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Inomax (nitric oxide) inhalation
Detailed View: Safety Labeling Changes Approved By FDA Center for Drug Evaluation and Research (CDER)
WARNINGS AND PRECAUTIONS
Rebound Pulmonary Hypertension Syndrome following Abrupt Discontinuation Wean from INOmax [see Dosage and Administration (2.2)].
- Abrupt discontinuation of INOmax may lead to worsening oxygenation and increasing pulmonary artery pressure, i.e., Rebound Pulmonary Hypertension Syndrome. Signs and symptoms of Rebound Pulmonary Hypertension Syndrome include hypoxemia, systemic hypotension, bradycardia, and decreased cardiac output. If Rebound Pulmonary Hypertension occurs, reinstate INOmax therapy immediately.
Hypoxia from Methemoglobinemia
- Nitric oxide combines with hemoglobin to form methemoglobin, which does not transport oxygen, Methemoglobin levels increase with the dose of INOmax; it can take 8 hours or more before steadystate methemoglobin levels are attained. Monitor methemoglobin and adjust the dose of INOmax to optimize oxygenation. If methemoglobin levels do not resolve with decrease in dose or discontinuation of INOmax,
Airway Injury from Nitrogen Dioxide
- Nitrogen dioxide (NO2) forms in gas mixtures containing NO and O2. Nitrogen dioxide may cause airway inflammation and damage to lung tissues. If the concentration of NO2 in the breathing circuit exceeds 0.5 ppm, decrease the dose of INOmax.
- If there is an unexpected change in NO2 concentration, when measured in the breathing circuit, then the delivery system should be assessed in accordance with the Nitric Oxide Delivery System O&M Manual troubleshooting section, and the NO2 analyzer should be recalibrated. The dose of INOmax and/or FiO2 should be adjusted as appropriate.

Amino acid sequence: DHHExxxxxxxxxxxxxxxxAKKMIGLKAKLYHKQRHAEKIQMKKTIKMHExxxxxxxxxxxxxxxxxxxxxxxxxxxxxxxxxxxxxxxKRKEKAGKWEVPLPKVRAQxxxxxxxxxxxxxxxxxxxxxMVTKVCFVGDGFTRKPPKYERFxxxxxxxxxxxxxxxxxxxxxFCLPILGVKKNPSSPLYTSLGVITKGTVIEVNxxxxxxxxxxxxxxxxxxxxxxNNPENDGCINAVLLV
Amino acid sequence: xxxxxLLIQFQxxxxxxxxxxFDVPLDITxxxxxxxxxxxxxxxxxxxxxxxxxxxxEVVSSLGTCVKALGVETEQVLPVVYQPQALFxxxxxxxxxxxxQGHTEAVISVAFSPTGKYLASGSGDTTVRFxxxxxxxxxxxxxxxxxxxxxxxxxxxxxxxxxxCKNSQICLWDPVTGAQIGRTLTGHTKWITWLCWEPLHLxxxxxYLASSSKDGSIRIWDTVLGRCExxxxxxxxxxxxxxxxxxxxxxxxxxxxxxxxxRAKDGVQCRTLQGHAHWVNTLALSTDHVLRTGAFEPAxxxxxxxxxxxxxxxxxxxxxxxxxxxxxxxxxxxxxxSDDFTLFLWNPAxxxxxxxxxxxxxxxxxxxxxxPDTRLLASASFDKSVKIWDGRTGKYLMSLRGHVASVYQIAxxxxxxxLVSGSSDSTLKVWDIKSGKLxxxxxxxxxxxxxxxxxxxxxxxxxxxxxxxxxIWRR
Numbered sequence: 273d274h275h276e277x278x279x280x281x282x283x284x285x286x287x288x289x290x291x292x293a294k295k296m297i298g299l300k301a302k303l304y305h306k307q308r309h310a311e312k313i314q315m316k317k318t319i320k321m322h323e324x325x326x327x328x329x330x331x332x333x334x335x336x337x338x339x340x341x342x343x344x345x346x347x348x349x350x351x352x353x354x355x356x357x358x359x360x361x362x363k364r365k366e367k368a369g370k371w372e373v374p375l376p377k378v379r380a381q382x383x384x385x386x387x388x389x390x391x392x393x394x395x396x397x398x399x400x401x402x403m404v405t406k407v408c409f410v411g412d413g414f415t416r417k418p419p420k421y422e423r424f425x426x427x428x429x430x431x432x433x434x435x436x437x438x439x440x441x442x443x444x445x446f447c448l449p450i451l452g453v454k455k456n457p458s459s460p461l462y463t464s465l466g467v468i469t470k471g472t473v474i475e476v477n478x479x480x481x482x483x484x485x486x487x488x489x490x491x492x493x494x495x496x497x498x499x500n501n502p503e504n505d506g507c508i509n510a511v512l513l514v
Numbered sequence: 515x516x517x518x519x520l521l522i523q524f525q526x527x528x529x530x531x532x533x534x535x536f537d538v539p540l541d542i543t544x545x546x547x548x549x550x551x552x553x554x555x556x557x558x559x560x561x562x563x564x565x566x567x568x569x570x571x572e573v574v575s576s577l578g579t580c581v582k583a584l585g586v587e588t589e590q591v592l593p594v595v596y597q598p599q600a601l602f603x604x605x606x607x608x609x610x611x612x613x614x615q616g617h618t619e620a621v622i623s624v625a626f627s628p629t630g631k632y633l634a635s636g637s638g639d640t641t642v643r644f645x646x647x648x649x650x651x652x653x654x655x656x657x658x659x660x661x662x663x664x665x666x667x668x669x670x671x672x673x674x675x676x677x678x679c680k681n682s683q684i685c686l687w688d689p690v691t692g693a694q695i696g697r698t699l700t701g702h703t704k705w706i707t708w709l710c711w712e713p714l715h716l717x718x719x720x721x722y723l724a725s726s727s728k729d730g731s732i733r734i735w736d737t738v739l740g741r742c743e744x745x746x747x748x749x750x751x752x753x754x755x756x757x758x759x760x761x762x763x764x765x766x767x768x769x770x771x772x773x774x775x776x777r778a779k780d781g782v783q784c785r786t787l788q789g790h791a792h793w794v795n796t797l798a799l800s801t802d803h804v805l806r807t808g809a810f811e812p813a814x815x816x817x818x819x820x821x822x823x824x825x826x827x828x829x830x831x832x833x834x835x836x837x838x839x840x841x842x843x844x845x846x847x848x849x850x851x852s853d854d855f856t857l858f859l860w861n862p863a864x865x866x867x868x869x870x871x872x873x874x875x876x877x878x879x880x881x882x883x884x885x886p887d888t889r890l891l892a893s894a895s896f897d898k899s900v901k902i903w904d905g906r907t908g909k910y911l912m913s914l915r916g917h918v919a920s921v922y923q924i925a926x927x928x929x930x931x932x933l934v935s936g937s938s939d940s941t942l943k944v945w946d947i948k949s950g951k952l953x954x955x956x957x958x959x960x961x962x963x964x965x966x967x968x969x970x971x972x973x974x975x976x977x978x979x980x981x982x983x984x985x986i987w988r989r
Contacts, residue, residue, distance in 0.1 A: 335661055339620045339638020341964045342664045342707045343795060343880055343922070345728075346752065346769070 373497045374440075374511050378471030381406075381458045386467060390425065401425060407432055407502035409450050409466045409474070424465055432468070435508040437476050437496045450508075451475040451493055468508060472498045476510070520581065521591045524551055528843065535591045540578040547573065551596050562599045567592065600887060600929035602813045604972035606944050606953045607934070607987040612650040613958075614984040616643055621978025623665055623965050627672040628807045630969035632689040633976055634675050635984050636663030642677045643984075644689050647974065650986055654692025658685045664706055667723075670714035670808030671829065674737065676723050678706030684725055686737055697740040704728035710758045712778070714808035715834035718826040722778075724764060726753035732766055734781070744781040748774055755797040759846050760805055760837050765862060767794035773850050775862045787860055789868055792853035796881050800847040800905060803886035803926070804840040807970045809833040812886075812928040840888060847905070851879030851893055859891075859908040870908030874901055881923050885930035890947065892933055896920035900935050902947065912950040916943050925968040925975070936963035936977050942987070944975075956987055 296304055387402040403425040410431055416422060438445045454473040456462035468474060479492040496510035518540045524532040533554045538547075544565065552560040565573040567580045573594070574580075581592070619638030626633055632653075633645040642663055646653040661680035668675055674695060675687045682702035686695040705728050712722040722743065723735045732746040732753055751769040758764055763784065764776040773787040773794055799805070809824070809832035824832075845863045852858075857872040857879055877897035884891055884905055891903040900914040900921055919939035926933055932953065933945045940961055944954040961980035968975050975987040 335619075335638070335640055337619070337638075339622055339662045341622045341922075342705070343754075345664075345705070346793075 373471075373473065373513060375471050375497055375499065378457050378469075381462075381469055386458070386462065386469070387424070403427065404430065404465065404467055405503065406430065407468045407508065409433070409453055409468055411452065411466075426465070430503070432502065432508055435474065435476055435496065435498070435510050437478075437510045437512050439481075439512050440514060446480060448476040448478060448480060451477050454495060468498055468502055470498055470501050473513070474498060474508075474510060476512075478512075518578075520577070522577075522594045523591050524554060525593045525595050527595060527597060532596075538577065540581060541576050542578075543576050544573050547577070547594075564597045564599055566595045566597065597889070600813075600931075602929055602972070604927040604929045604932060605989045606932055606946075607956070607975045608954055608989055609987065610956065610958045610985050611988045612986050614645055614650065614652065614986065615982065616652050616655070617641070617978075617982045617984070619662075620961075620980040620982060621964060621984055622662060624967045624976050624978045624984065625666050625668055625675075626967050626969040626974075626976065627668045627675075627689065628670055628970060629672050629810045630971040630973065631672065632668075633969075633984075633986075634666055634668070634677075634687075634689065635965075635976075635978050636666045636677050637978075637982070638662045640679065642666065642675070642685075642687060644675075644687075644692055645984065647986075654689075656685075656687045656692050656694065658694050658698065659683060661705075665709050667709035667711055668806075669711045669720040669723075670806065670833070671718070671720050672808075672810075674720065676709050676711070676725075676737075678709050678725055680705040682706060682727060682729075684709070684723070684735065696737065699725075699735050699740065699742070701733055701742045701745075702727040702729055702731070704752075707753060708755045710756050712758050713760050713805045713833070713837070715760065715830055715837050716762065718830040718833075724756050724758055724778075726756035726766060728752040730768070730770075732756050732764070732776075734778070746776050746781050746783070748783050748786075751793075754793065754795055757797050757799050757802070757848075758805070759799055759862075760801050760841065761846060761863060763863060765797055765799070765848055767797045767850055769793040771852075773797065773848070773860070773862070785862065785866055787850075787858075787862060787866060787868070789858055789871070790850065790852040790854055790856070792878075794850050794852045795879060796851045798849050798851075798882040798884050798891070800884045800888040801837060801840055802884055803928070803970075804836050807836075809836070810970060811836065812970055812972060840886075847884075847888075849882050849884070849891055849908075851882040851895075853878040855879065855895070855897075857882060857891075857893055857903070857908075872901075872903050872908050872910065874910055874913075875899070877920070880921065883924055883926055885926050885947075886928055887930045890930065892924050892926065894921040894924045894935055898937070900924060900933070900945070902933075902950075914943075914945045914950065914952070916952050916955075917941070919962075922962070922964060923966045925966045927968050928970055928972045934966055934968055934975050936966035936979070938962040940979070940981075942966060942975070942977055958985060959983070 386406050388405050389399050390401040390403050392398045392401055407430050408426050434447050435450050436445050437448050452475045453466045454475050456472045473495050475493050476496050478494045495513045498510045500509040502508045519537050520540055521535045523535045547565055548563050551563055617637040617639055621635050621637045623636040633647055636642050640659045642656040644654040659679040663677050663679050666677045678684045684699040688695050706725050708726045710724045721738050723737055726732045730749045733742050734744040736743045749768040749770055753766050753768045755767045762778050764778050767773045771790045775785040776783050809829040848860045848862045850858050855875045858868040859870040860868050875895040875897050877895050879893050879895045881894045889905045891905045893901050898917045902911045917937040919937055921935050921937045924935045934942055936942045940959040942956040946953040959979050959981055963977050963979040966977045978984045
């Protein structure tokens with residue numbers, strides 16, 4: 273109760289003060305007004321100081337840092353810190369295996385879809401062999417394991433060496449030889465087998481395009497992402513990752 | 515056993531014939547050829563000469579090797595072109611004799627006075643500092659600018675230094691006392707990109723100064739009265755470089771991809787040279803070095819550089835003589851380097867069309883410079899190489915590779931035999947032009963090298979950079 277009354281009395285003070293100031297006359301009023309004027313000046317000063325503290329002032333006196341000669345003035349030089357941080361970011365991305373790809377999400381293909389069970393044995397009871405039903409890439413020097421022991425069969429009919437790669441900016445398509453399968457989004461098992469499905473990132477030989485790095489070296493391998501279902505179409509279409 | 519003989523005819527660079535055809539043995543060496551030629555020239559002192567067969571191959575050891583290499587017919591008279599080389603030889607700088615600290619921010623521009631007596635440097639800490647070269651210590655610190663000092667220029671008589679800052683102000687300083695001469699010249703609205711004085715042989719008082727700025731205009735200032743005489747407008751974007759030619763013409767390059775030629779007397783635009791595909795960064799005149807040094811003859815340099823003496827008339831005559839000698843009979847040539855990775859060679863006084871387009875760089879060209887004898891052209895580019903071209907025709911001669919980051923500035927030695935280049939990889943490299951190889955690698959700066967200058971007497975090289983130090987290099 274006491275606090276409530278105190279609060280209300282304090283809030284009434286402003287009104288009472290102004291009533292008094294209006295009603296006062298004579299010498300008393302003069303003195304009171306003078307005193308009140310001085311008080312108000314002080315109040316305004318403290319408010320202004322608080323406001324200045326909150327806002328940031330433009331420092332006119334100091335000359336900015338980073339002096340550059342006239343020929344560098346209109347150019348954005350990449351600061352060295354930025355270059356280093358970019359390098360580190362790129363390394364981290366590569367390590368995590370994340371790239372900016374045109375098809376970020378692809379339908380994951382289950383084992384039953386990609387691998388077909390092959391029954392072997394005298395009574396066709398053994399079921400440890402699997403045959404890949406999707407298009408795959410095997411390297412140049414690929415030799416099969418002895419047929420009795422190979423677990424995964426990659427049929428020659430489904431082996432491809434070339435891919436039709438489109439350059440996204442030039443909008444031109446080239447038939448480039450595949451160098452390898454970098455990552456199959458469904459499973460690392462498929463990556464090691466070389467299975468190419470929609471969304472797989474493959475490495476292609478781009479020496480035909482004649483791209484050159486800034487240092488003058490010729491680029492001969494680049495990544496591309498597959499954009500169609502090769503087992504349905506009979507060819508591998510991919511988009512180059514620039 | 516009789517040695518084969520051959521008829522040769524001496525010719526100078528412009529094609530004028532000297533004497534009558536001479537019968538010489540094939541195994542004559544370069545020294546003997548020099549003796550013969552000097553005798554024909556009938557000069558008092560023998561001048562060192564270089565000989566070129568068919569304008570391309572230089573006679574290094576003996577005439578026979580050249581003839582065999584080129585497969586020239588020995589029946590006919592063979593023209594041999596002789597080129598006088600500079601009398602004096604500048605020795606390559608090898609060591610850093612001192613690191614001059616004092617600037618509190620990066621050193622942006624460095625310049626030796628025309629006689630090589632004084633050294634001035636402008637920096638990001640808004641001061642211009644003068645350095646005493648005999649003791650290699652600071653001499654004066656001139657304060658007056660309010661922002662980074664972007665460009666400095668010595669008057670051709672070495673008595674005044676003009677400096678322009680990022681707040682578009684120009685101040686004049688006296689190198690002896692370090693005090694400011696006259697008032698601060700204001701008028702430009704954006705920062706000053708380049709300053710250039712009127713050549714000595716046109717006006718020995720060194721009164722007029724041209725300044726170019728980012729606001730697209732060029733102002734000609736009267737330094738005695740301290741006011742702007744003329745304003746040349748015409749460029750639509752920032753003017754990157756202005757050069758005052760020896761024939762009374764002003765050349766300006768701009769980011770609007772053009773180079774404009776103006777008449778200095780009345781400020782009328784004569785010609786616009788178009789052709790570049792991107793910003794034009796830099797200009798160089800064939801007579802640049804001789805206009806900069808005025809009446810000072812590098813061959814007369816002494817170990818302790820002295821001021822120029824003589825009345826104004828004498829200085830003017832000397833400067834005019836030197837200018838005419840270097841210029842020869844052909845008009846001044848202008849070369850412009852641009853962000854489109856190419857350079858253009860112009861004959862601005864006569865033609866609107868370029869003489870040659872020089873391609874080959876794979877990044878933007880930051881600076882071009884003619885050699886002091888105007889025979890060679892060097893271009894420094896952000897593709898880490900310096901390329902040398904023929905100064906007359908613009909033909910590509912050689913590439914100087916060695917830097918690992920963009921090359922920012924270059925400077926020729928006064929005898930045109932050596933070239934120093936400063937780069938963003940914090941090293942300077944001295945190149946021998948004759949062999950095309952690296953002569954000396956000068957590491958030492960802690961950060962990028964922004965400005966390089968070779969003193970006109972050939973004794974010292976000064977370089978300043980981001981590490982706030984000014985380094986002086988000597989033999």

- Patients with left ventricular dysfunction treated with INOmax may experience pulmonary edema, increased pulmonary capillary wedge pressure, worsening of left ventricular dysfunction, systemic hypotension, bradycardia and cardiac arrest. Discontinue INOmax while providing symptomatic care
- Based upon post-marketing experience, accidental exposure to nitric oxide for inhalation in hospital staff has been associated with chest discomfort, dizziness, dry throat, dyspnea, and headache
USE IN SPECIFIC POPULATIONS
- The safety and efficacy of nitric oxide for inhalation has been demonstrated in term and nearterm neonates with hypoxic respiratory failure associated with evidence of pulmonary hypertension [see Clinical Studies (14.1)]. Additional studies conducted in premature neonates for the prevention of bronchopulmonary dysplasia have not demonstrated substantial evidence of efficacy.